An Asteroid Is Coming. Don’t Panic

Not to worry anyone, but tomorrow, an asteroid is headed our way. According to astronomers, there is no danger of it hitting the planet, but it will actually end up being closer to us than any asteroid ever observed. NASA estimates that at about 2:24 EST, Asteroid 2012 DA14, as it has been named, will be only about 17,200 miles from the Earth. It sounds like at lot, but to give you an idea of how close that is, satellites that are in geosynchronous orbit are 22,245 miles above the planet. So this 150-foot diameter space rock will come even closer than that while traveling at speed of about five miles per second. (Thankfully, no other satellites are in its path since they orbit much closer to Earth — the International Space Station, for example, orbits at an altitude of 240 miles.)

According to NASA, however, little DA14 could have made quite an impact if it made a direct hit:

Asteroid 2012 DA14 will not impact Earth, but if another asteroid of a size similar to that of 2012 DA14  were to impact Earth, it would release approximately 2.5 megatons of energy in the atmosphere and would be expected to cause regional devastation.

A comparison to the impact potential of an asteroid the size of 2012 DA14 could be made to the impact of a near-Earth object that occurred in 1908 in Tuguska, Siberia. Known in the asteroid community as the “Tunguska Event,” this impact of an asteroid just slightly smaller than 2012 DA14 (approximately 100 – 130 feet) is believed to have flattened about 825 square miles of forest in and around the Podkamennaya Tunguska River in what is now Krasnoyarsk Krai, Russia.

Evidently this sort of thing is not unheard of. Scientists at NASA’s Near-Earth Object Program Office estimate that an asteroid the size of 2012 DA14 flies this close every 40 years on average and that one will impact Earth, on average, about once in every 1,200 years. But this time, we’re safe. Not even cell phones will be affected. So scientists will have a ball and we can breathe easy. No need to alert Bruce Willis.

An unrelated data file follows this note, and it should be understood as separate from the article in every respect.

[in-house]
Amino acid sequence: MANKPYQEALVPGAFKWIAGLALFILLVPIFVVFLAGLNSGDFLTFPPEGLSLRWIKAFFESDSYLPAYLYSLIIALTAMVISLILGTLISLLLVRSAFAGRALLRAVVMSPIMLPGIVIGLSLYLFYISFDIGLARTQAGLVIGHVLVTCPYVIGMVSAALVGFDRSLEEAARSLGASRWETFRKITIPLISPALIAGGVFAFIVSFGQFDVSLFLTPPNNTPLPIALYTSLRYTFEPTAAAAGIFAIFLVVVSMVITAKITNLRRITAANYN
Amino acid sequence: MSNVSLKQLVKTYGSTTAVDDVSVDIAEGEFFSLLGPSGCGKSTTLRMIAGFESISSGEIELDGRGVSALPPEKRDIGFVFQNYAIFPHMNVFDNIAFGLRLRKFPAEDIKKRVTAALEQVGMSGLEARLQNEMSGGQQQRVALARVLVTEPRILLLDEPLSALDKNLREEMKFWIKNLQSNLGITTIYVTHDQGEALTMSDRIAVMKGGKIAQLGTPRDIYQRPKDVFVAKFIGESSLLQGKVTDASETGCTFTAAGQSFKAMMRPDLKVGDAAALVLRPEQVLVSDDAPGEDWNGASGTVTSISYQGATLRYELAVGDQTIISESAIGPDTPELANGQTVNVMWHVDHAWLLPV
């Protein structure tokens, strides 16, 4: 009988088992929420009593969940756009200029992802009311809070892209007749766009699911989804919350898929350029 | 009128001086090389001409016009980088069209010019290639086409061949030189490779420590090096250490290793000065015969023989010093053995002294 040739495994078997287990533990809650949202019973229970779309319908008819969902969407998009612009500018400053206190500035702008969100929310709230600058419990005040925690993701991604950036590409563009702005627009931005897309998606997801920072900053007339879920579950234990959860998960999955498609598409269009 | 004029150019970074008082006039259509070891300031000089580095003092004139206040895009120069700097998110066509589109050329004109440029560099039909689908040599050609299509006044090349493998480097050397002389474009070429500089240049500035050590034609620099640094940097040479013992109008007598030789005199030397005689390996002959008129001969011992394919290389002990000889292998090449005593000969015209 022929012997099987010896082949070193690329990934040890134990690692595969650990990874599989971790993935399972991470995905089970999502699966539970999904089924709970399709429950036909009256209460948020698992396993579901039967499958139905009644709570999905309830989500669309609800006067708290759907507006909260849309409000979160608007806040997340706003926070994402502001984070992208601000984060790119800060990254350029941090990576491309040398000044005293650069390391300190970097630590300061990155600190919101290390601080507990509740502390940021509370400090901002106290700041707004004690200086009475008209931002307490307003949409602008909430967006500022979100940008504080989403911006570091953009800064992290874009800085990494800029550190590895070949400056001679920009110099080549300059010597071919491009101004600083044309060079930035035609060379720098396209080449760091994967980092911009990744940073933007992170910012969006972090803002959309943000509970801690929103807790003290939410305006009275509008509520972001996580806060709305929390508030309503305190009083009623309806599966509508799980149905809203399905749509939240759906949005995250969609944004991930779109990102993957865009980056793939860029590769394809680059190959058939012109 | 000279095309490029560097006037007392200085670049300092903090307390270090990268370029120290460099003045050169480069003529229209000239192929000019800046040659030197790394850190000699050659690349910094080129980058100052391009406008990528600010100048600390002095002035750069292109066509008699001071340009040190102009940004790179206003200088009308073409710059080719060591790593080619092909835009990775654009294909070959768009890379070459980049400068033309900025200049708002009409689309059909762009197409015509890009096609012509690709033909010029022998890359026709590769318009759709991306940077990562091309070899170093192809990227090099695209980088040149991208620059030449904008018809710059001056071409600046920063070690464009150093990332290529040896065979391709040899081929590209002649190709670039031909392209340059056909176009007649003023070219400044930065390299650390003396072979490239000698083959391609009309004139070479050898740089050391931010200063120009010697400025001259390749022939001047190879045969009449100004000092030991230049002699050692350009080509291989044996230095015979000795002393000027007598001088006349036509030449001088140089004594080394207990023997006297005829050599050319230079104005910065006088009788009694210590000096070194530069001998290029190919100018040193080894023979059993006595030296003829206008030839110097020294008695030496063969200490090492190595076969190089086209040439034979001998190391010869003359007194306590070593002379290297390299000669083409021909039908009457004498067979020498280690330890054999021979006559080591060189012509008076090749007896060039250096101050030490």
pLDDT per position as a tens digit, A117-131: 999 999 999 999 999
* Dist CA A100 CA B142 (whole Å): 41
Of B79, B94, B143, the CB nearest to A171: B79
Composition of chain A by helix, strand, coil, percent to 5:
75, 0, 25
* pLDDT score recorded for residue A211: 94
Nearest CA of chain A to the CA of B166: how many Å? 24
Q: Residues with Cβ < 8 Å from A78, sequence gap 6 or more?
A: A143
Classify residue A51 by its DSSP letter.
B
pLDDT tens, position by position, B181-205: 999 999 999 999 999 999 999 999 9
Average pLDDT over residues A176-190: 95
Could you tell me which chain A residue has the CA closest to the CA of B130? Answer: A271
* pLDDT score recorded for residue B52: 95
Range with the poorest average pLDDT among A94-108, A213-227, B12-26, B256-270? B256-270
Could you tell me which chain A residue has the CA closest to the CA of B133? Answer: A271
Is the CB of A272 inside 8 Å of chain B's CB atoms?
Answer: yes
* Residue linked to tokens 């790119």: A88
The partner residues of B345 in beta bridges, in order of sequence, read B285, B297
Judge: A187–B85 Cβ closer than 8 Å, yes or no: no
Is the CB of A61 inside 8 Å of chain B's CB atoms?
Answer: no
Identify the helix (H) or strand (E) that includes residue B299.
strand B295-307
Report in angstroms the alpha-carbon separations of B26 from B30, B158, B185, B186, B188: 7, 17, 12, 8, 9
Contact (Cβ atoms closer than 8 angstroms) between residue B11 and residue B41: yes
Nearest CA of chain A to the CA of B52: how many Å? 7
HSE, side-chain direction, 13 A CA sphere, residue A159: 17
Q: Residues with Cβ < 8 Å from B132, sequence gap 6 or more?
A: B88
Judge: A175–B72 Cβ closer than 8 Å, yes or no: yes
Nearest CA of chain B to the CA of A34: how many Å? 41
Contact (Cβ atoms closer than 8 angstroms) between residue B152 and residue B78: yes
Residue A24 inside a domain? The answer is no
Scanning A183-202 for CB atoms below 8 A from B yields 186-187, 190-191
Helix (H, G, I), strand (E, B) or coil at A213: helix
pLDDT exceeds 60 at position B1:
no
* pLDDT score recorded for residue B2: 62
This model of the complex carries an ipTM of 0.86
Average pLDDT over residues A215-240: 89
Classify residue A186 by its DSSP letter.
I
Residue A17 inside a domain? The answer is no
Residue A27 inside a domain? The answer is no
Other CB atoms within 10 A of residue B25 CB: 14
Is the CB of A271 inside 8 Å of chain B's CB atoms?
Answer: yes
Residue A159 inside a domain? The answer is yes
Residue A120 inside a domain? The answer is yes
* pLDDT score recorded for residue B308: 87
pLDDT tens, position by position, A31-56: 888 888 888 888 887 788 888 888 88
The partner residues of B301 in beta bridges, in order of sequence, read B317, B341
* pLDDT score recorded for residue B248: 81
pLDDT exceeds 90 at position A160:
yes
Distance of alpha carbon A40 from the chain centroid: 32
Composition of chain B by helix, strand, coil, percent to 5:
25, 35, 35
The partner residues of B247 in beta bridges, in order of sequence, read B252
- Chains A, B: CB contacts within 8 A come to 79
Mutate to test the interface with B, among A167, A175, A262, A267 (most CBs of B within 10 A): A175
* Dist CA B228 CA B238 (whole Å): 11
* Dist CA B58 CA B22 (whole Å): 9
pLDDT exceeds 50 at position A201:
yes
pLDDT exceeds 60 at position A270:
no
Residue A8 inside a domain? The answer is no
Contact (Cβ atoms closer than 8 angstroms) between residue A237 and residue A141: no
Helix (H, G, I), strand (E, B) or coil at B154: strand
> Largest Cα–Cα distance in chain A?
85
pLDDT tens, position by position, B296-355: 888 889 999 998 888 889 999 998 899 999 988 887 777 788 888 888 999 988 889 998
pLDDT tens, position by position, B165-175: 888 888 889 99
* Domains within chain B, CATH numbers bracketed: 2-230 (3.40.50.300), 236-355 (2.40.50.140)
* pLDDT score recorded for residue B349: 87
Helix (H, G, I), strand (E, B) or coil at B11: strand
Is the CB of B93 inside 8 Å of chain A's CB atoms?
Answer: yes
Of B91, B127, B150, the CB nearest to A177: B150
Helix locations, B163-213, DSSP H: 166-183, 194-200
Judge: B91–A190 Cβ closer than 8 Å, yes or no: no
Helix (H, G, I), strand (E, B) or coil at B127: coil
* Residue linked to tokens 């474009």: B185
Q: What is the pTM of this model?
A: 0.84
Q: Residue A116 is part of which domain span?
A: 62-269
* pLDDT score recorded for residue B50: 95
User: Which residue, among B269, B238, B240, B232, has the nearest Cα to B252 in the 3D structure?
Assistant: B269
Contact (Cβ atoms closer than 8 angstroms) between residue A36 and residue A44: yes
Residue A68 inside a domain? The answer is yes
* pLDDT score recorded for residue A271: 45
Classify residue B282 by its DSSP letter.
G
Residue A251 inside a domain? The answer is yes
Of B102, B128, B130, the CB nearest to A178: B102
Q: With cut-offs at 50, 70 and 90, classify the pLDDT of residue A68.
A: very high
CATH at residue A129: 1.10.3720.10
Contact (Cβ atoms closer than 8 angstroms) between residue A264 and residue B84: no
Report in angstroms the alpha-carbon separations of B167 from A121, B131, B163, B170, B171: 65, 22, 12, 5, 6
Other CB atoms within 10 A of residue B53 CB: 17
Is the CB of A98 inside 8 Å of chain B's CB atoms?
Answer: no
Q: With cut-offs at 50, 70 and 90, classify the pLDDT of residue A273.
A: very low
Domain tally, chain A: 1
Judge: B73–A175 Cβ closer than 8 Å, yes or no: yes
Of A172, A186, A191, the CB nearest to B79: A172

And if you want to check out the asteroid as it goes by, there are quite a few sites that are providing live streaming of the event. Go science.

It’s Raining Satellite Parts

An estimated 26 pieces of a school bus-sized dead satellite are predicted to survive reentry into the earth’s atmosphere and have a good chance of crash landing somewhere on land (or sea) tomorrow.

But don’t take off for the nearest bunker just yet. NASA says the chances are 1 in 3,200 that someone somewhere will be hit and they have just now reported that the satellite will not hit the United States.

The latest predictions of the satellites re-entry mean that the U.S. will miss out on the stunning sight of the spacecraft as it re-enters the atmosphere. A NASA spokesman said: “Re-entry is expected sometime during the afternoon of Sept 23, Eastern Daylight Time. The satellite will not be passing over North America during that time period. It is still too early to predict the time and location of re-entry with any more certainty, but predictions will become more refined in the next 24 to 36 hours.”

Launched from the Space Shuttle Discover on September 15, 1991, the Upper Atmospheric Research Satellite (UARS) was the first satellite dedicated to studying the science of the stratosphere. As Discovery News reports, this machine was a commendable satellite among the many space vessels.